Carney on global warming rent seeking

In his latest Examiner column, Tim Carney looks at hedge fund manager Julian Robertson’s lobbying for cap-and-trade legislation and bet on a U.S. economic downturn.

When the media notice a large corporation standing to suffer from an intrusion of government or benefit from a deregulation or tax cut, we are immediately warned about conflicts of interest. Amazingly, when the media notice the Green Beltway Bandits lined up behind carbon caps, they see this as further proof that the time has come for government action.

As a case in point, unless you spend time going through federal lobbying records, you probably haven’t heard of Robertson’s big push for cap-and-trade laws. Robertson has hired top lobbying firm Akin Gump to advance such restrictions on Capitol Hill, in the public and in policy arenas. Akin Gump even runs a global warming blog now called “Climate Intel.”

Akin Gump lobbyists doing Robertson’s bidding on Capitol Hill include former Republican National Committee Chairman Ken Mehlman and former Reps. Bill Paxon, R-N.Y., and Vic Fazio, D-Calif. What’s Robertson’s angle? Environmental publication Greenwire described Robertson as a “former hedge fund tycoon and now a philanthropist.” Robertson indeed closed down his most famous fund, Tiger Management, earlier this decade, but is still a big investor. Getting richer — not merely philanthropy — motivates these investments.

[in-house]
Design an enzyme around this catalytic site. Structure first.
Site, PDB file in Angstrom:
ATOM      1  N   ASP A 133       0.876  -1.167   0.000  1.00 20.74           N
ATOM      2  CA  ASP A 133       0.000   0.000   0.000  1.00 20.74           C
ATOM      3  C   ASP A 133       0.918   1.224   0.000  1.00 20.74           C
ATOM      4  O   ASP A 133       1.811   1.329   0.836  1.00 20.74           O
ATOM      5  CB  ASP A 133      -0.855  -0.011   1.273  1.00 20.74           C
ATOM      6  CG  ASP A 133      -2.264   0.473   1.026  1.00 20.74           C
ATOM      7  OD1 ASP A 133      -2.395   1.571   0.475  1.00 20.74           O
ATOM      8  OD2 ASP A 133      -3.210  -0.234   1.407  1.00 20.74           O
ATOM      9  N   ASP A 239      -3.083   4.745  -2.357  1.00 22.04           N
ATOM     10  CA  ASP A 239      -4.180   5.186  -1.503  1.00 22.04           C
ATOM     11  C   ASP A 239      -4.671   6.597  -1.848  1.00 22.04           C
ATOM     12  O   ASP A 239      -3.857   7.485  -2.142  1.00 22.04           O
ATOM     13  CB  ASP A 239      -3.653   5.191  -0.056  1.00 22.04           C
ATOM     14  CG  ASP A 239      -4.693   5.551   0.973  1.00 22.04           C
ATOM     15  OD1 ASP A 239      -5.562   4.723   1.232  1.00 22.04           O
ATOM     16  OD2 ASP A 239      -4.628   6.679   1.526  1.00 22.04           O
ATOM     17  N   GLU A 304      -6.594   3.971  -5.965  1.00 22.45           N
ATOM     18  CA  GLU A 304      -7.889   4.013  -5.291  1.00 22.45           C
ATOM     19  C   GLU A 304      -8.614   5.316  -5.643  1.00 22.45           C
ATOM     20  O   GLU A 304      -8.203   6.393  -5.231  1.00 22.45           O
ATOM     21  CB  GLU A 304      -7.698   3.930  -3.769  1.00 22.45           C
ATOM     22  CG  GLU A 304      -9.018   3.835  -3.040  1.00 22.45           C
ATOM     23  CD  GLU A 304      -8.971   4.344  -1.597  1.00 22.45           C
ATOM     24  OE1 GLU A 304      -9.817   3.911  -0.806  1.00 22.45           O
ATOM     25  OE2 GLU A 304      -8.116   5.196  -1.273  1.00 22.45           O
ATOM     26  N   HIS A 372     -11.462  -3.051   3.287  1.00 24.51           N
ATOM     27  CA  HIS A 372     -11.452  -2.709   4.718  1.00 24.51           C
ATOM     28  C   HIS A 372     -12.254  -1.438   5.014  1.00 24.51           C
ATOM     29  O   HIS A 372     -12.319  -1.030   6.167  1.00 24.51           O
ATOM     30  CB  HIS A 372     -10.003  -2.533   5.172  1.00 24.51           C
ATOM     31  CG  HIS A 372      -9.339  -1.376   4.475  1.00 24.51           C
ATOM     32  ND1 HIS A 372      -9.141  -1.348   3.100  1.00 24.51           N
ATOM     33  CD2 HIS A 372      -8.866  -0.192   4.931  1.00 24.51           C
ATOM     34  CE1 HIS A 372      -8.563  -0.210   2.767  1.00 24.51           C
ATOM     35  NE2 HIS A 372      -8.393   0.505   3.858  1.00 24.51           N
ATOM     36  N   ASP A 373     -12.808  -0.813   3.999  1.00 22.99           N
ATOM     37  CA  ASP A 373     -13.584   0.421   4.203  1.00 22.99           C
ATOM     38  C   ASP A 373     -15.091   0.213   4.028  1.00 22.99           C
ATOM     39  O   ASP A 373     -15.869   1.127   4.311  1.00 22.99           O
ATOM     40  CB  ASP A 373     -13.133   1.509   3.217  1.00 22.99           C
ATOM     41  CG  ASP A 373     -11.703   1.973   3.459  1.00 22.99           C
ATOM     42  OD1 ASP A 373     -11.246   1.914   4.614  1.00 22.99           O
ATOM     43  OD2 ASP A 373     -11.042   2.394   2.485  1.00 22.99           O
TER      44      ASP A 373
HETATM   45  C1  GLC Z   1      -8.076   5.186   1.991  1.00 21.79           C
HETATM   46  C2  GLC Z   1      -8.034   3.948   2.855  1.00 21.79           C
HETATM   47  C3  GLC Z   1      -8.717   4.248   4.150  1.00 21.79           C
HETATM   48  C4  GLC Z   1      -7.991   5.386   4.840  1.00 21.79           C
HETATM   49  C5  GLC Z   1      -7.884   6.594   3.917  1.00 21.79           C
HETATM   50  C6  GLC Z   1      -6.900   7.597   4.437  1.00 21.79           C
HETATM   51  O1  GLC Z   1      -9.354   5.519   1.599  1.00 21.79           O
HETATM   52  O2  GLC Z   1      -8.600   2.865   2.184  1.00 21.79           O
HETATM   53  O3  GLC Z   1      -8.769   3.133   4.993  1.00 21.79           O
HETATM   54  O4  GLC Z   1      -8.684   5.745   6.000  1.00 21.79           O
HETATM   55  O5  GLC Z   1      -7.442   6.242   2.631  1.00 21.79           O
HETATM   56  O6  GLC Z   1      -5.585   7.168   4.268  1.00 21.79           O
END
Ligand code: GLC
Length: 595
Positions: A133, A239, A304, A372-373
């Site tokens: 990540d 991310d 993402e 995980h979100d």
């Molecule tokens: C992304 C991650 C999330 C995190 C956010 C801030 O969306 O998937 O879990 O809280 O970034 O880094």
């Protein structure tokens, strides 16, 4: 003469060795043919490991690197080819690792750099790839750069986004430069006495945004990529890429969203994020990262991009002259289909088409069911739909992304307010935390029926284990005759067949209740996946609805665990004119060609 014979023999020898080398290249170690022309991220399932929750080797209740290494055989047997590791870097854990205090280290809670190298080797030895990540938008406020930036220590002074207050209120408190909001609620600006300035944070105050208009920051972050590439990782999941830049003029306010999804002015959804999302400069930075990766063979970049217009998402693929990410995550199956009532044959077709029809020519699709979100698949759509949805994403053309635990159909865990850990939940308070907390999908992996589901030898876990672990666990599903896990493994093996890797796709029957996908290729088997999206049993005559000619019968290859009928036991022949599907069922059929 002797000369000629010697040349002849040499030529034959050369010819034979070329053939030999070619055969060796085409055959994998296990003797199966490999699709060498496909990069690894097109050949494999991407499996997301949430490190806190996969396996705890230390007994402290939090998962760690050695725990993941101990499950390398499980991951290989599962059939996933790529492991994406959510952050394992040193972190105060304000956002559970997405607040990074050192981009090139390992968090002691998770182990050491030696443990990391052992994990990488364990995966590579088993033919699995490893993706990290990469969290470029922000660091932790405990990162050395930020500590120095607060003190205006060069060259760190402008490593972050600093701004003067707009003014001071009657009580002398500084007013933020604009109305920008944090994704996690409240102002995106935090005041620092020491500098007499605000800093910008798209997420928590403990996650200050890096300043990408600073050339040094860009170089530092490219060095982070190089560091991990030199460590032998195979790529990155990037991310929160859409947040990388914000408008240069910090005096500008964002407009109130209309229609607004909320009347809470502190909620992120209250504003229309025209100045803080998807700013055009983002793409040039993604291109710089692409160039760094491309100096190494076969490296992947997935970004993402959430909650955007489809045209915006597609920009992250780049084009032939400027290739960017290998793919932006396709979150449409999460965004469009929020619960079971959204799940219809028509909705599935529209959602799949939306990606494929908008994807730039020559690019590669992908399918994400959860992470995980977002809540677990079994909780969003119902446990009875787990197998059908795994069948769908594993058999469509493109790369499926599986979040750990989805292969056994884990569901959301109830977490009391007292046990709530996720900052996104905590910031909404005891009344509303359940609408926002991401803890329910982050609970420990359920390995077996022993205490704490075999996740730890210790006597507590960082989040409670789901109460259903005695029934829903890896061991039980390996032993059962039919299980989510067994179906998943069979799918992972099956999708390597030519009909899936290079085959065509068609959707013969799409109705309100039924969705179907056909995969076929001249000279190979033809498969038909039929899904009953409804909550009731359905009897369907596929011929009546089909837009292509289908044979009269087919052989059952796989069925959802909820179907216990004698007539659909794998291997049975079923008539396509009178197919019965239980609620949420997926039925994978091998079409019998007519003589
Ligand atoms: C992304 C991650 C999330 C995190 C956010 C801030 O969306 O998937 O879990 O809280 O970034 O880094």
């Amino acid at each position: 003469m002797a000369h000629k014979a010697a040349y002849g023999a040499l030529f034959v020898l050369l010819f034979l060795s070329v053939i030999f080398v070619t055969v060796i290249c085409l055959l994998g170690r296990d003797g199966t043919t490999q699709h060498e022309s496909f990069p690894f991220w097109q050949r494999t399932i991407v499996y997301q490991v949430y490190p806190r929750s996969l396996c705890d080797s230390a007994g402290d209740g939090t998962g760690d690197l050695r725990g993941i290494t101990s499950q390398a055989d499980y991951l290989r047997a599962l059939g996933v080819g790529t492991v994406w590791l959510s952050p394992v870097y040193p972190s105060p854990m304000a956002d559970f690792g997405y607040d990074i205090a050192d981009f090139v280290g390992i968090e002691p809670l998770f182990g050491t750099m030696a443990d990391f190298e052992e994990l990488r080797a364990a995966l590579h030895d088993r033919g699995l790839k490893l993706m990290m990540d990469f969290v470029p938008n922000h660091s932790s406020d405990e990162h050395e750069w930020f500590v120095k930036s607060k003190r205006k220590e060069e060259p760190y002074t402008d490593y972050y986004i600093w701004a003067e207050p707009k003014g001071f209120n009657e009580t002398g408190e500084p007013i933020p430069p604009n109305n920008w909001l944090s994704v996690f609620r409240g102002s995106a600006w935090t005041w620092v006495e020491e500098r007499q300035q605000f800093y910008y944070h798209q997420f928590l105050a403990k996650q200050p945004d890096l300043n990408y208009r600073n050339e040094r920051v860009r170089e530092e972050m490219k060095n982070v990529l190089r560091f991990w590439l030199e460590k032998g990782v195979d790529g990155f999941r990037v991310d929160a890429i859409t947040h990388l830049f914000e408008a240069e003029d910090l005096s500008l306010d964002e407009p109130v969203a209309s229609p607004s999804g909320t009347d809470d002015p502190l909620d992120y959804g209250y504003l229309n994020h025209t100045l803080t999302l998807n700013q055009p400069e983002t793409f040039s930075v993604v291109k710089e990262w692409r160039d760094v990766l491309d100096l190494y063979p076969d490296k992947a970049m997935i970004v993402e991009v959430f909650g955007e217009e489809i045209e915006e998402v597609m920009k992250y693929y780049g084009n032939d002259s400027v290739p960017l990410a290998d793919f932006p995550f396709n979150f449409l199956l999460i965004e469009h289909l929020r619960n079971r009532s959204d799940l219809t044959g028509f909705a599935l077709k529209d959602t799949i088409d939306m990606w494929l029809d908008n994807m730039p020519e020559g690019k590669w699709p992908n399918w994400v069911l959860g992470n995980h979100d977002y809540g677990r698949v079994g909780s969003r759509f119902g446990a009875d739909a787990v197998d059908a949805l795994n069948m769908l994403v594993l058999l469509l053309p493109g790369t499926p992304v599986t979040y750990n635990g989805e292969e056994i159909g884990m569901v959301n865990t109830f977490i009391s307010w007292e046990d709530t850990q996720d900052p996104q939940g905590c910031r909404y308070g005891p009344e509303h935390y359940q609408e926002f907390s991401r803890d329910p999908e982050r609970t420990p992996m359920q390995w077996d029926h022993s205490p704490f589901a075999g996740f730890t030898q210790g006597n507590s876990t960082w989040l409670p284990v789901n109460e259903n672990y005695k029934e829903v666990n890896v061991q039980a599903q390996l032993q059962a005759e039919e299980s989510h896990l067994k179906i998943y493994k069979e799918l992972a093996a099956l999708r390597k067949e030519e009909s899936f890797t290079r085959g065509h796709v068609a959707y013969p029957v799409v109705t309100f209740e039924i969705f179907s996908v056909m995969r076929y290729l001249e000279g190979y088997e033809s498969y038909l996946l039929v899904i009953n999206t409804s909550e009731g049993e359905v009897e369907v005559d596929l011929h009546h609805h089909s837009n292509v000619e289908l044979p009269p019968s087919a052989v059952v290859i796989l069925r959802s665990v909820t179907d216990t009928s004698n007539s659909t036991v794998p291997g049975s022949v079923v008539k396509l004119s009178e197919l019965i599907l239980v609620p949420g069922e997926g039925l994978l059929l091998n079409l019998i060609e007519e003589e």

Relevant to his cap-and-trade position are his investments in China‘s leading biofuels maker Gushan and in a company that deals with nuclear waste disposal. Given the right global warming legislation, both of these investments will benefit.

A bigger Robertson bet, presenting a more insidious angle, is his short position on 10-year Treasury bonds paired with a long position on two-year Treasuries. Basically, if the U.S. economy is fundamentally unsound, Robertson gets rich. “I’ve made a big bet on it,” Robertson told Fortune. “I really think I’m going to make 20 or 30 times on my money.”

Tim’s column aside, where’s the outrage?